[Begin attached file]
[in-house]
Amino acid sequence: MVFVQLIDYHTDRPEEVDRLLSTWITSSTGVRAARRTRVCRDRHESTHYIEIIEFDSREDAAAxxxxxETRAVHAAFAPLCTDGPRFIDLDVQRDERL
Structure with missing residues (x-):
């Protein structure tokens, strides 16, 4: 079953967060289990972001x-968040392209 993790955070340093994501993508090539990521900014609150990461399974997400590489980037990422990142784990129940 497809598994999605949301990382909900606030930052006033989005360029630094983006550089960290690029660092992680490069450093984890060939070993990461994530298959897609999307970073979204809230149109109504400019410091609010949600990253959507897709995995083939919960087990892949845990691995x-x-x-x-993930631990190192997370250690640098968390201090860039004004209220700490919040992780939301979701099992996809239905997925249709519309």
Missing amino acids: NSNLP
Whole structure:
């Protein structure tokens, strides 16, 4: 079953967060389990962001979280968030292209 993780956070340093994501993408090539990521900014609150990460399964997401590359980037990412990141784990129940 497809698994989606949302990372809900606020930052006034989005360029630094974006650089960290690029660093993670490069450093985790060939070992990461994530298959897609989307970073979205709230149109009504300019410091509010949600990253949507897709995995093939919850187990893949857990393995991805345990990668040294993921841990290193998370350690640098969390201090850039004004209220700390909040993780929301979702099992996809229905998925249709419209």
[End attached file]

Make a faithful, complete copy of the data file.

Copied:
[in-house]
Amino acid sequence: MVFVQLIDYHTDRPEEVDRLLSTWITSSTGVRAARRTRVCRDRHESTHYIEIIEFDSREDAAAxxxxxETRAVHAAFAPLCTDGPRFIDLDVQRDERL
Structure with missing residues (x-):
């Protein structure tokens, strides 16, 4: 079953967060289990972001x-968040392209 993790955070340093994501993508090539990521900014609150990461399974997400590489980037990422990142784990129940 497809598994999605949301990382909900606030930052006033989005360029630094983006550089960290690029660092992680490069450093984890060939070993990461994530298959897609999307970073979204809230149109109504400019410091609010949600990253959507897709995995083939919960087990892949845990691995x-x-x-x-993930631990190192997370250690640098968390201090860039004004209220700490919040992780939301979701099992996809239905997925249709519309």
Missing amino acids: NSNLP
Whole structure:
């Protein structure tokens, strides 16, 4: 079953967060389990962001979280968030292209 993780956070340093994501993408090539990521900014609150990460399964997401590359980037990412990141784990129940 497809698994989606949302990372809900606020930052006034989005360029630094974006650089960290690029660093993670490069450093985790060939070992990461994530298959897609989307970073979205709230149109009504300019410091509010949600990253949507897709995995093939919850187990893949857990393995991805345990990668040294993921841990290193998370350690640098969390201090850039004004209220700390909040993780929301979702099992996809229905998925249709419209």